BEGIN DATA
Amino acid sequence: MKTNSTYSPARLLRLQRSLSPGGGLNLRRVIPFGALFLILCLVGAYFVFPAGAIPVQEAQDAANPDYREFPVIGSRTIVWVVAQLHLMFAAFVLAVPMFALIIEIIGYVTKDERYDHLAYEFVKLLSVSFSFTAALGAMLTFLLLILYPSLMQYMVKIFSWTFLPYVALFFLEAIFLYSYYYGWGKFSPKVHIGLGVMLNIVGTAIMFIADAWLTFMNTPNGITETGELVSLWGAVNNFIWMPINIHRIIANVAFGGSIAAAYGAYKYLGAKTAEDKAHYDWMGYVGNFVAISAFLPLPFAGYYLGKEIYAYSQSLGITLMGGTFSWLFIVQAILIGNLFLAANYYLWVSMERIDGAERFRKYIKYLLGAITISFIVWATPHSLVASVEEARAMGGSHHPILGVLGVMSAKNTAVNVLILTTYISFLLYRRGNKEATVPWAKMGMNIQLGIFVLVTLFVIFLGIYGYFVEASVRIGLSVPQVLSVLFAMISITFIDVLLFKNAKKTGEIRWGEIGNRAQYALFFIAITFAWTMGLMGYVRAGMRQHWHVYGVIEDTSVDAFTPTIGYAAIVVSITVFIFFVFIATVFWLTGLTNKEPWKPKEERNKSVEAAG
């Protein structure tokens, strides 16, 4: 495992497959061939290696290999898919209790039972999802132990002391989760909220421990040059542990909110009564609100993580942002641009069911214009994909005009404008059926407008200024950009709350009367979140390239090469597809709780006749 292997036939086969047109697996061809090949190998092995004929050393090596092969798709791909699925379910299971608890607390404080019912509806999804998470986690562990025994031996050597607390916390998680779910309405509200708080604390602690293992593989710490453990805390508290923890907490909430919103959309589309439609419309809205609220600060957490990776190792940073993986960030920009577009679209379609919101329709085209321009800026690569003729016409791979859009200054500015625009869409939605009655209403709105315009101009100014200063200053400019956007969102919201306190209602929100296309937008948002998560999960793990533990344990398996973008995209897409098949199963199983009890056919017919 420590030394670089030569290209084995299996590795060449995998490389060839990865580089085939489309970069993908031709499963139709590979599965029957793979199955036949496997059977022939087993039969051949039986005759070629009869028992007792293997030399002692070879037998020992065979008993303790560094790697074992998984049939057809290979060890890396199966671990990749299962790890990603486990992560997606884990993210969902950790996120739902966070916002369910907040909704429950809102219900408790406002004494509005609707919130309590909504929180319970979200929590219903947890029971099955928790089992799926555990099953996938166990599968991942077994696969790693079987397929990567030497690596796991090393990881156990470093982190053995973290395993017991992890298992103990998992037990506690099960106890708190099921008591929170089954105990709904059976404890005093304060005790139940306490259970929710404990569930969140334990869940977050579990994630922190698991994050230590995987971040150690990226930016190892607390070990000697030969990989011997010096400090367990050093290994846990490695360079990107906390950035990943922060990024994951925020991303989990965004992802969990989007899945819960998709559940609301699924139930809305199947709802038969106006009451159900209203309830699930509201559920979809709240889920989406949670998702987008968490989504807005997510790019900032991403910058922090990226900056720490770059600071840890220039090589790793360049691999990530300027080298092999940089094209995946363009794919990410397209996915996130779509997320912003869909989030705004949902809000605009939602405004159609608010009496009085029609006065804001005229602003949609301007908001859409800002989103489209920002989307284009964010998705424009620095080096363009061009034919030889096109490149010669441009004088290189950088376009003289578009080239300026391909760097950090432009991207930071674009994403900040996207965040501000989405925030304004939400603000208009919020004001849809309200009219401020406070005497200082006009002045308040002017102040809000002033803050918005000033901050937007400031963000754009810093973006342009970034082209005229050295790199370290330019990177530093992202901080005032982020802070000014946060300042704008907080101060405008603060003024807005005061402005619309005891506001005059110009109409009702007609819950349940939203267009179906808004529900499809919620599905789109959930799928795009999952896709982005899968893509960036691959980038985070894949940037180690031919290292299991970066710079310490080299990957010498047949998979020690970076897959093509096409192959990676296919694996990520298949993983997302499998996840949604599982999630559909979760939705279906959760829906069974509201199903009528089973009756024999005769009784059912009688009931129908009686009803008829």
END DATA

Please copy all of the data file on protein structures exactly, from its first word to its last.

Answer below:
Amino acid sequence: MKTNSTYSPARLLRLQRSLSPGGGLNLRRVIPFGALFLILCLVGAYFVFPAGAIPVQEAQDAANPDYREFPVIGSRTIVWVVAQLHLMFAAFVLAVPMFALIIEIIGYVTKDERYDHLAYEFVKLLSVSFSFTAALGAMLTFLLLILYPSLMQYMVKIFSWTFLPYVALFFLEAIFLYSYYYGWGKFSPKVHIGLGVMLNIVGTAIMFIADAWLTFMNTPNGITETGELVSLWGAVNNFIWMPINIHRIIANVAFGGSIAAAYGAYKYLGAKTAEDKAHYDWMGYVGNFVAISAFLPLPFAGYYLGKEIYAYSQSLGITLMGGTFSWLFIVQAILIGNLFLAANYYLWVSMERIDGAERFRKYIKYLLGAITISFIVWATPHSLVASVEEARAMGGSHHPILGVLGVMSAKNTAVNVLILTTYISFLLYRRGNKEATVPWAKMGMNIQLGIFVLVTLFVIFLGIYGYFVEASVRIGLSVPQVLSVLFAMISITFIDVLLFKNAKKTGEIRWGEIGNRAQYALFFIAITFAWTMGLMGYVRAGMRQHWHVYGVIEDTSVDAFTPTIGYAAIVVSITVFIFFVFIATVFWLTGLTNKEPWKPKEERNKSVEAAG
């Protein structure tokens, strides 16, 4: 495992497959061939290696290999898919209790039972999802132990002391989760909220421990040059542990909110009564609100993580942002641009069911214009994909005009404008059926407008200024950009709350009367979140390239090469597809709780006749 292997036939086969047109697996061809090949190998092995004929050393090596092969798709791909699925379910299971608890607390404080019912509806999804998470986690562990025994031996050597607390916390998680779910309405509200708080604390602690293992593989710490453990805390508290923890907490909430919103959309589309439609419309809205609220600060957490990776190792940073993986960030920009577009679209379609919101329709085209321009800026690569003729016409791979859009200054500015625009869409939605009655209403709105315009101009100014200063200053400019956007969102919201306190209602929100296309937008948002998560999960793990533990344990398996973008995209897409098949199963199983009890056919017919 420590030394670089030569290209084995299996590795060449995998490389060839990865580089085939489309970069993908031709499963139709590979599965029957793979199955036949496997059977022939087993039969051949039986005759070629009869028992007792293997030399002692070879037998020992065979008993303790560094790697074992998984049939057809290979060890890396199966671990990749299962790890990603486990992560997606884990993210969902950790996120739902966070916002369910907040909704429950809102219900408790406002004494509005609707919130309590909504929180319970979200929590219903947890029971099955928790089992799926555990099953996938166990599968991942077994696969790693079987397929990567030497690596796991090393990881156990470093982190053995973290395993017991992890298992103990998992037990506690099960106890708190099921008591929170089954105990709904059976404890005093304060005790139940306490259970929710404990569930969140334990869940977050579990994630922190698991994050230590995987971040150690990226930016190892607390070990000697030969990989011997010096400090367990050093290994846990490695360079990107906390950035990943922060990024994951925020991303989990965004992802969990989007899945819960998709559940609301699924139930809305199947709802038969106006009451159900209203309830699930509201559920979809709240889920989406949670998702987008968490989504807005997510790019900032991403910058922090990226900056720490770059600071840890220039090589790793360049691999990530300027080298092999940089094209995946363009794919990410397209996915996130779509997320912003869909989030705004949902809000605009939602405004159609608010009496009085029609006065804001005229602003949609301007908001859409800002989103489209920002989307284009964010998705424009620095080096363009061009034919030889096109490149010669441009004088290189950088376009003289578009080239300026391909760097950090432009991207930071674009994403900040996207965040501000989405925030304004939400603000208009919020004001849809309200009219401020406070005497200082006009002045308040002017102040809000002033803050918005000033901050937007400031963000754009810093973006342009970034082209005229050295790199370290330019990177530093992202901080005032982020802070000014946060300042704008907080101060405008603060003024807005005061402005619309005891506001005059110009109409009702007609819950349940939203267009179906808004529900499809919620599905789109959930799928795009999952896709982005899968893509960036691959980038985070894949940037180690031919290292299991970066710079310490080299990957010498047949998979020690970076897959093509096409192959990676296919694996990520298949993983997302499998996840949604599982999630559909979760939705279906959760829906069974509201199903009528089973009756024999005769009784059912009688009931129908009686009803008829």